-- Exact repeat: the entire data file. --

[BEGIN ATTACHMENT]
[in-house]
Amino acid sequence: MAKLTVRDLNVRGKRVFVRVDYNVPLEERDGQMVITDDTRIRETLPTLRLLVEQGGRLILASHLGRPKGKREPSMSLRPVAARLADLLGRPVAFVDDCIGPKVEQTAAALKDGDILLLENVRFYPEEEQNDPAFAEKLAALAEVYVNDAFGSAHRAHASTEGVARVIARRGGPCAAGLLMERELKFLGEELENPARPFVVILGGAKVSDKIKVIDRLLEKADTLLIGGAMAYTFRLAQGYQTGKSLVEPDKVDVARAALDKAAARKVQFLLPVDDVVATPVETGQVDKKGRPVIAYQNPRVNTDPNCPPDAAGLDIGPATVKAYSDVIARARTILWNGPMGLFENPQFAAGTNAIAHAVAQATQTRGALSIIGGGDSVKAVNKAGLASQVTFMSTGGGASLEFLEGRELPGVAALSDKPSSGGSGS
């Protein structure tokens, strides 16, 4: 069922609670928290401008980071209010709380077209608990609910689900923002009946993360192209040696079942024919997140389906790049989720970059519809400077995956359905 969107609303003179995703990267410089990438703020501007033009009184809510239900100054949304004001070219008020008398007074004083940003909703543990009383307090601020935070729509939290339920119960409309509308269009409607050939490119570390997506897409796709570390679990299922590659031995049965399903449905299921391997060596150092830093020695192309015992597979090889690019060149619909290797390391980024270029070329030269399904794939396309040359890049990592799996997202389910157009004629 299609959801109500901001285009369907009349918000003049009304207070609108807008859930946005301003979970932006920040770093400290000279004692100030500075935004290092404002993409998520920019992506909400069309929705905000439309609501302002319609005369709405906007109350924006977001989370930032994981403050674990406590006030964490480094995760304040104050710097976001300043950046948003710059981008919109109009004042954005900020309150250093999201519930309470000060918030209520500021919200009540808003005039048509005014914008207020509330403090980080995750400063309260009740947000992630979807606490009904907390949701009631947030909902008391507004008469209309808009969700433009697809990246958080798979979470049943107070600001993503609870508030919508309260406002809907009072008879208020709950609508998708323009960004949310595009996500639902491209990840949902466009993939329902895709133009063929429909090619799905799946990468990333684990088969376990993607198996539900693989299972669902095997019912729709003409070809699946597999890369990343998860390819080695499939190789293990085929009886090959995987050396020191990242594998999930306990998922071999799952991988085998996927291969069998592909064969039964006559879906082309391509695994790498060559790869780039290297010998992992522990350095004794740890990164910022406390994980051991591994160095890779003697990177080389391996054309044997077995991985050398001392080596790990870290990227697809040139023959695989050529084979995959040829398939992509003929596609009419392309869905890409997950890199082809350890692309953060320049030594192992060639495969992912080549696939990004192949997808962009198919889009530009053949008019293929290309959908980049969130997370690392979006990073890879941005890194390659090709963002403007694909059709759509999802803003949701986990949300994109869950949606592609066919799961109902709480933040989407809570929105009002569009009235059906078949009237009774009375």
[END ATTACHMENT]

[in-house]
Amino acid sequence: MAKLTVRDLNVRGKRVFVRVDYNVPLEERDGQMVITDDTRIRETLPTLRLLVEQGGRLILASHLGRPKGKREPSMSLRPVAARLADLLGRPVAFVDDCIGPKVEQTAAALKDGDILLLENVRFYPEEEQNDPAFAEKLAALAEVYVNDAFGSAHRAHASTEGVARVIARRGGPCAAGLLMERELKFLGEELENPARPFVVILGGAKVSDKIKVIDRLLEKADTLLIGGAMAYTFRLAQGYQTGKSLVEPDKVDVARAALDKAAARKVQFLLPVDDVVATPVETGQVDKKGRPVIAYQNPRVNTDPNCPPDAAGLDIGPATVKAYSDVIARARTILWNGPMGLFENPQFAAGTNAIAHAVAQATQTRGALSIIGGGDSVKAVNKAGLASQVTFMSTGGGASLEFLEGRELPGVAALSDKPSSGGSGS
């Protein structure tokens, strides 16, 4: 069922609670928290401008980071209010709380077209608990609910689900923002009946993360192209040696079942024919997140389906790049989720970059519809400077995956359905 969107609303003179995703990267410089990438703020501007033009009184809510239900100054949304004001070219008020008398007074004083940003909703543990009383307090601020935070729509939290339920119960409309509308269009409607050939490119570390997506897409796709570390679990299922590659031995049965399903449905299921391997060596150092830093020695192309015992597979090889690019060149619909290797390391980024270029070329030269399904794939396309040359890049990592799996997202389910157009004629 299609959801109500901001285009369907009349918000003049009304207070609108807008859930946005301003979970932006920040770093400290000279004692100030500075935004290092404002993409998520920019992506909400069309929705905000439309609501302002319609005369709405906007109350924006977001989370930032994981403050674990406590006030964490480094995760304040104050710097976001300043950046948003710059981008919109109009004042954005900020309150250093999201519930309470000060918030209520500021919200009540808003005039048509005014914008207020509330403090980080995750400063309260009740947000992630979807606490009904907390949701009631947030909902008391507004008469209309808009969700433009697809990246958080798979979470049943107070600001993503609870508030919508309260406002809907009072008879208020709950609508998708323009960004949310595009996500639902491209990840949902466009993939329902895709133009063929429909090619799905799946990468990333684990088969376990993607198996539900693989299972669902095997019912729709003409070809699946597999890369990343998860390819080695499939190789293990085929009886090959995987050396020191990242594998999930306990998922071999799952991988085998996927291969069998592909064969039964006559879906082309391509695994790498060559790869780039290297010998992992522990350095004794740890990164910022406390994980051991591994160095890779003697990177080389391996054309044997077995991985050398001392080596790990870290990227697809040139023959695989050529084979995959040829398939992509003929596609009419392309869905890409997950890199082809350890692309953060320049030594192992060639495969992912080549696939990004192949997808962009198919889009530009053949008019293929290309959908980049969130997370690392979006990073890879941005890194390659090709963002403007694909059709759509999802803003949701986990949300994109869950949606592609066919799961109902709480933040989407809570929105009002569009009235059906078949009237009774009375």